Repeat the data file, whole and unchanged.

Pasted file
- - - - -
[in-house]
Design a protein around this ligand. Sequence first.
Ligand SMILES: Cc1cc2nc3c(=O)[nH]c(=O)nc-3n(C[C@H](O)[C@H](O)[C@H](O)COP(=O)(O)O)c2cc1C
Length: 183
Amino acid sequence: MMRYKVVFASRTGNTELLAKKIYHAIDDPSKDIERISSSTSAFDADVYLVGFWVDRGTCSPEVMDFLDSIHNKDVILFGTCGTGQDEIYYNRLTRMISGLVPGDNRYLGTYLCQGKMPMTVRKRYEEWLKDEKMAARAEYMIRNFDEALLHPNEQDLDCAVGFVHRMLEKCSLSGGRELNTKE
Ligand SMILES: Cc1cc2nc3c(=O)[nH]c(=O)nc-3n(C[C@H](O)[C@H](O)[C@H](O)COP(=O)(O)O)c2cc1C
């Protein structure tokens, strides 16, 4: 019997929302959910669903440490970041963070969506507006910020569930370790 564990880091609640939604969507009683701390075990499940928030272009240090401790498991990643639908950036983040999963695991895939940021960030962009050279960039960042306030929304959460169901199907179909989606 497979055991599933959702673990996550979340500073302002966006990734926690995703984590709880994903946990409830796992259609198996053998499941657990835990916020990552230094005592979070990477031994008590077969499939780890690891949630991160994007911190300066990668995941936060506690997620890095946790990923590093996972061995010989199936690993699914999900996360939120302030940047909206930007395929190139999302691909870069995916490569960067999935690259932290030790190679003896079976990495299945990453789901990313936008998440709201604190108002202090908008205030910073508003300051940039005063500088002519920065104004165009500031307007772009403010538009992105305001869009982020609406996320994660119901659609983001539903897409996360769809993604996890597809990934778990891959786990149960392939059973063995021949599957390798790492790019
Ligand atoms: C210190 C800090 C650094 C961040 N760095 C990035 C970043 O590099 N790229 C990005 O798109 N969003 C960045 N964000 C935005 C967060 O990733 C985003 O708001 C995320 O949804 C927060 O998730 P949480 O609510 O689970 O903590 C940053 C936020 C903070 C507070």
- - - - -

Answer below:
[in-house]
Design a protein around this ligand. Sequence first.
Ligand SMILES: Cc1cc2nc3c(=O)[nH]c(=O)nc-3n(C[C@H](O)[C@H](O)[C@H](O)COP(=O)(O)O)c2cc1C
Length: 183
Amino acid sequence: MMRYKVVFASRTGNTELLAKKIYHAIDDPSKDIERISSSTSAFDADVYLVGFWVDRGTCSPEVMDFLDSIHNKDVILFGTCGTGQDEIYYNRLTRMISGLVPGDNRYLGTYLCQGKMPMTVRKRYEEWLKDEKMAARAEYMIRNFDEALLHPNEQDLDCAVGFVHRMLEKCSLSGGRELNTKE
Ligand SMILES: Cc1cc2nc3c(=O)[nH]c(=O)nc-3n(C[C@H](O)[C@H](O)[C@H](O)COP(=O)(O)O)c2cc1C
């Protein structure tokens, strides 16, 4: 019997929302959910669903440490970041963070969506507006910020569930370790 564990880091609640939604969507009683701390075990499940928030272009240090401790498991990643639908950036983040999963695991895939940021960030962009050279960039960042306030929304959460169901199907179909989606 497979055991599933959702673990996550979340500073302002966006990734926690995703984590709880994903946990409830796992259609198996053998499941657990835990916020990552230094005592979070990477031994008590077969499939780890690891949630991160994007911190300066990668995941936060506690997620890095946790990923590093996972061995010989199936690993699914999900996360939120302030940047909206930007395929190139999302691909870069995916490569960067999935690259932290030790190679003896079976990495299945990453789901990313936008998440709201604190108002202090908008205030910073508003300051940039005063500088002519920065104004165009500031307007772009403010538009992105305001869009982020609406996320994660119901659609983001539903897409996360769809993604996890597809990934778990891959786990149960392939059973063995021949599957390798790492790019
Ligand atoms: C210190 C800090 C650094 C961040 N760095 C990035 C970043 O590099 N790229 C990005 O798109 N969003 C960045 N964000 C935005 C967060 O990733 C985003 O708001 C995320 O949804 C927060 O998730 P949480 O609510 O689970 O903590 C940053 C936020 C903070 C507070």